This dissertation addresses the evaluation of impact of access to credit on two different outcomes in rural households: cultivated land (and environmental degradation through erosion) and human capital formation.
Three sets of difficulties are overcome. The fungibility of funds complicates inferences about uses of loan proceeds. Theoretical predictions about the impact of credit are not unambiguous, as credit is not a homogeneous good and it plays different roles in household strategies. Empirical tests must overcome self-selection and sample selection biases.
Several channels for the impact of credit are identified. Access to credit influences land use decisions through risk-coping, liquidity, and income and wealth effects. Access to credit influences schooling decisions for children from borrowing families through income, risk-management, gender, information, and child-labor demand effects. Actual observed outcomes are the net result of these effects (some of them positive and some negative).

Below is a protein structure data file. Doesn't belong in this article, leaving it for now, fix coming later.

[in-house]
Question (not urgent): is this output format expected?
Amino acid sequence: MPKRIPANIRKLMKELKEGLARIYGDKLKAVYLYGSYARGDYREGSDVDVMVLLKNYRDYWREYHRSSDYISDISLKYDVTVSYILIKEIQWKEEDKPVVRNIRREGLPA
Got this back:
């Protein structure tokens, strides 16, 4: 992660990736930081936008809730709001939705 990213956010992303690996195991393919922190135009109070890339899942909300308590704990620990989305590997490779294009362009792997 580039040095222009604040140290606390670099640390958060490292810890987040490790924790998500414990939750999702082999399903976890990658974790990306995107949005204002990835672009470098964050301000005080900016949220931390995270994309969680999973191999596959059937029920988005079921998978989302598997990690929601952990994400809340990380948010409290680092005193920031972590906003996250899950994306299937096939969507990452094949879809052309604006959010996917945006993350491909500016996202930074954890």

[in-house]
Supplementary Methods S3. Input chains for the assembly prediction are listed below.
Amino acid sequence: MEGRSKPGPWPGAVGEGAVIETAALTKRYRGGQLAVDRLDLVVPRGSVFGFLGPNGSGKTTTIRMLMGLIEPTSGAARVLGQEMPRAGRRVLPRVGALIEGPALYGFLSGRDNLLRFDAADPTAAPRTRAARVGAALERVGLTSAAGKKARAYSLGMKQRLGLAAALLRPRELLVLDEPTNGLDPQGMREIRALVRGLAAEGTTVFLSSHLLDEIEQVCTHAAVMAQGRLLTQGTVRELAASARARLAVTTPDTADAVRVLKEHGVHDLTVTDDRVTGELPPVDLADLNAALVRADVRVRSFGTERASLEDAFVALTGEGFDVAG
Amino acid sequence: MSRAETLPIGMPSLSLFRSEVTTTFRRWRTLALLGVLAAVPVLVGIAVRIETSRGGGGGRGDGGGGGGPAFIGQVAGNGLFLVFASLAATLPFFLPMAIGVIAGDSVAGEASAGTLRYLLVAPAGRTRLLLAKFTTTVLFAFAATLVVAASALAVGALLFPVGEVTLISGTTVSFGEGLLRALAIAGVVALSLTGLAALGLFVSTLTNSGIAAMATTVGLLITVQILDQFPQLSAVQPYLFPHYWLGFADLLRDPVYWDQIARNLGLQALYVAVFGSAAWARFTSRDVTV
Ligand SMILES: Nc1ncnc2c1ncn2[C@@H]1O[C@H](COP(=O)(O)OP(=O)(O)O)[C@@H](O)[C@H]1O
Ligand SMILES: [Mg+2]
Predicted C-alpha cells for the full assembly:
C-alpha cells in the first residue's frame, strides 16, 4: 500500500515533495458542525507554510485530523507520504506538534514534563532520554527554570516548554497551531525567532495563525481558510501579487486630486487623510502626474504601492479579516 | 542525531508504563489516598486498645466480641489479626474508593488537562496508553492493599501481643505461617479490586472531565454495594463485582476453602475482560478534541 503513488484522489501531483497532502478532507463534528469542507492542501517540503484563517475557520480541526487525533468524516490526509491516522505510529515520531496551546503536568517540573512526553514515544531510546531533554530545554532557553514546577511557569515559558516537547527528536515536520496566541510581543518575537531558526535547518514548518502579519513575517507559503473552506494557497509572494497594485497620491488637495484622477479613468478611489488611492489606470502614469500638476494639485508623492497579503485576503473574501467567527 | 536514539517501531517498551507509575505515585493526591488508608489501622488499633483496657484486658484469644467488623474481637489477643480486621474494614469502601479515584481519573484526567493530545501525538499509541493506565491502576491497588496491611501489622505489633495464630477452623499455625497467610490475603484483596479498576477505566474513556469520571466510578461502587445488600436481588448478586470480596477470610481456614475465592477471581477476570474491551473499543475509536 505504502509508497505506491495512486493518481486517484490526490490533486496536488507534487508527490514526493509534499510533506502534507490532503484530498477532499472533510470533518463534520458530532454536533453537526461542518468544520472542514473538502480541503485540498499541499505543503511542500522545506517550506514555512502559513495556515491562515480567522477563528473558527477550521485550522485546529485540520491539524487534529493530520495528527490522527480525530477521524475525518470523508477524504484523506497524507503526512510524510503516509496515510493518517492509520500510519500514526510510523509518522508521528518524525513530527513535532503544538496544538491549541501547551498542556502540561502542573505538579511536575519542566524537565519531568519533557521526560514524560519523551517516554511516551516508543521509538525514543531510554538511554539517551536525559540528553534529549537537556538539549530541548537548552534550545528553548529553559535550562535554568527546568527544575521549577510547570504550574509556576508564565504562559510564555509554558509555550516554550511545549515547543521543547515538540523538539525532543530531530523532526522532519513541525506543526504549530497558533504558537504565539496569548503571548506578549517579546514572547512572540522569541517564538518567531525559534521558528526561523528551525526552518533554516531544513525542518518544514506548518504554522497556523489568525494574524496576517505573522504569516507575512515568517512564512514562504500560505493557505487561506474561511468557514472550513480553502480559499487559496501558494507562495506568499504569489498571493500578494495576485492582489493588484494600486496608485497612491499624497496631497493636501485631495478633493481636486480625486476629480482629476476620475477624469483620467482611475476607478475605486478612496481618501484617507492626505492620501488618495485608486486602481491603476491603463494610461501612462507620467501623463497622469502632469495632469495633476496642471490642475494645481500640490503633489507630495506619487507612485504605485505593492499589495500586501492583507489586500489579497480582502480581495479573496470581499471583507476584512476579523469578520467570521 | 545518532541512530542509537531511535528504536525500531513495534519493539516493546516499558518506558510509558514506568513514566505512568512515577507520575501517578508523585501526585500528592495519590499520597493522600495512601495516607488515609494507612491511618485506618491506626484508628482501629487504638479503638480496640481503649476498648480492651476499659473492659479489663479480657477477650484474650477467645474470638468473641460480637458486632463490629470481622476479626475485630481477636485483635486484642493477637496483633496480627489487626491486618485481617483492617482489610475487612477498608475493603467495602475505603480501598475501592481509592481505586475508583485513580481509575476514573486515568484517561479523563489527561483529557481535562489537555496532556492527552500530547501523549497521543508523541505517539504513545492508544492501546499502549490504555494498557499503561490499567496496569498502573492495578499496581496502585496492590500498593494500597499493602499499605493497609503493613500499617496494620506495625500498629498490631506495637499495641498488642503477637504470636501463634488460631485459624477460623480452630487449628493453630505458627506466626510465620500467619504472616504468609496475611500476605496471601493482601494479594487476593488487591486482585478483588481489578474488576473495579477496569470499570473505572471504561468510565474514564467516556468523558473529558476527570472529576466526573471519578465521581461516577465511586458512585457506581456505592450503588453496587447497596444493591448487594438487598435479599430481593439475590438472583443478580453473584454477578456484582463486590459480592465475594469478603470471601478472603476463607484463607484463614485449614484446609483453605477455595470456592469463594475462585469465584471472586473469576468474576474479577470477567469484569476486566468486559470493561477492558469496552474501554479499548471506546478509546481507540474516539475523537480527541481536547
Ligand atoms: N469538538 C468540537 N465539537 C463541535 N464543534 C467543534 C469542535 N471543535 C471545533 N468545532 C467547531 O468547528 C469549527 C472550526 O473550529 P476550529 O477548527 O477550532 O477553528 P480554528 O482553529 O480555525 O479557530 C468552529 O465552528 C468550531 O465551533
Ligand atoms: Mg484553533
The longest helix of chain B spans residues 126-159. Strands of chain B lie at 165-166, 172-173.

Using a household theoretical model and a switching regressions empirical model, panel data from El Salvador are used to test for impacts of credit rationing. A positive effect of access to credit on natural resource conservation (through the release of pressures on fragile land) is identified in this country.
Three surveys of clients of microfinance programs in Bolivia are used to infer a net positive effect of program participation on education outcomes, measured by a schooling gap. Policy dilemmas emerge from the negative impact of microfinance on child-labor demand.
|School:||The Ohio State University|
|Department:||Agricultural, Environmental and Development Economics|
|School Location:||United States -- Ohio|
|Source:||DAI-A 79/09(E), Dissertation Abstracts International|
|Keywords:||Credit impact, Deforestation, Developing countries, Environmental degradation, Schooling|
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